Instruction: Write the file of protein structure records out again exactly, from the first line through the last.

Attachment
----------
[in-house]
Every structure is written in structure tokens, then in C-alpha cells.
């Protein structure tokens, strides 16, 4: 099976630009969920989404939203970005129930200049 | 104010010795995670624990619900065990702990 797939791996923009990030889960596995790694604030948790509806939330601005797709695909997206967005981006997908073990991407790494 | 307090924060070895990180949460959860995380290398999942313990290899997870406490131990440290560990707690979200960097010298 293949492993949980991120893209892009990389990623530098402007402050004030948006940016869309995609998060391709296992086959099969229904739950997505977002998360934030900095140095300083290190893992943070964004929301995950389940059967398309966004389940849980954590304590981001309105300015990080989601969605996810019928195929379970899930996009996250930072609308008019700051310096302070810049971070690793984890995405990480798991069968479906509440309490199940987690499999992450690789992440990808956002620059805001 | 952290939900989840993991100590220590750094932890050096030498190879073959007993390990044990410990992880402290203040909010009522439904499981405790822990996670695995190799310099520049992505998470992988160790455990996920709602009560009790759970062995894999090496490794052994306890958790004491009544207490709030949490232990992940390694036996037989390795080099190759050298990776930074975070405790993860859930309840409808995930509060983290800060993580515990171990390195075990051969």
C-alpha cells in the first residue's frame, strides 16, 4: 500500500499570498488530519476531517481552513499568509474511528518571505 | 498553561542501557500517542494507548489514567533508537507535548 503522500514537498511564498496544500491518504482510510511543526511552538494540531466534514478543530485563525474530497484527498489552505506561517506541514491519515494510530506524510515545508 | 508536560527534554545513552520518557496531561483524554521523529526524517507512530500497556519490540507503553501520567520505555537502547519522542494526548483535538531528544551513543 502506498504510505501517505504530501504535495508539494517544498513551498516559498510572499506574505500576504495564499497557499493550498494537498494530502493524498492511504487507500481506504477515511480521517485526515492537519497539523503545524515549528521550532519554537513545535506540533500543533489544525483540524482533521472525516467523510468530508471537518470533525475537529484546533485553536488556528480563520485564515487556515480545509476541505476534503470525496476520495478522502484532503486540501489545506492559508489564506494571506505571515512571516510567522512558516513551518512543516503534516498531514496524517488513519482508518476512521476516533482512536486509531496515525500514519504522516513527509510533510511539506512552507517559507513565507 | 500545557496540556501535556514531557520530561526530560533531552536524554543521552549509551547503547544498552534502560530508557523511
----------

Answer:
[in-house]
Every structure is written in structure tokens, then in C-alpha cells.
């Protein structure tokens, strides 16, 4: 099976630009969920989404939203970005129930200049 | 104010010795995670624990619900065990702990 797939791996923009990030889960596995790694604030948790509806939330601005797709695909997206967005981006997908073990991407790494 | 307090924060070895990180949460959860995380290398999942313990290899997870406490131990440290560990707690979200960097010298 293949492993949980991120893209892009990389990623530098402007402050004030948006940016869309995609998060391709296992086959099969229904739950997505977002998360934030900095140095300083290190893992943070964004929301995950389940059967398309966004389940849980954590304590981001309105300015990080989601969605996810019928195929379970899930996009996250930072609308008019700051310096302070810049971070690793984890995405990480798991069968479906509440309490199940987690499999992450690789992440990808956002620059805001 | 952290939900989840993991100590220590750094932890050096030498190879073959007993390990044990410990992880402290203040909010009522439904499981405790822990996670695995190799310099520049992505998470992988160790455990996920709602009560009790759970062995894999090496490794052994306890958790004491009544207490709030949490232990992940390694036996037989390795080099190759050298990776930074975070405790993860859930309840409808995930509060983290800060993580515990171990390195075990051969």
C-alpha cells in the first residue's frame, strides 16, 4: 500500500499570498488530519476531517481552513499568509474511528518571505 | 498553561542501557500517542494507548489514567533508537507535548 503522500514537498511564498496544500491518504482510510511543526511552538494540531466534514478543530485563525474530497484527498489552505506561517506541514491519515494510530506524510515545508 | 508536560527534554545513552520518557496531561483524554521523529526524517507512530500497556519490540507503553501520567520505555537502547519522542494526548483535538531528544551513543 502506498504510505501517505504530501504535495508539494517544498513551498516559498510572499506574505500576504495564499497557499493550498494537498494530502493524498492511504487507500481506504477515511480521517485526515492537519497539523503545524515549528521550532519554537513545535506540533500543533489544525483540524482533521472525516467523510468530508471537518470533525475537529484546533485553536488556528480563520485564515487556515480545509476541505476534503470525496476520495478522502484532503486540501489545506492559508489564506494571506505571515512571516510567522512558516513551518512543516503534516498531514496524517488513519482508518476512521476516533482512536486509531496515525500514519504522516513527509510533510511539506512552507517559507513565507 | 500545557496540556501535556514531557520530561526530560533531552536524554543521552549509551547503547544498552534502560530508557523511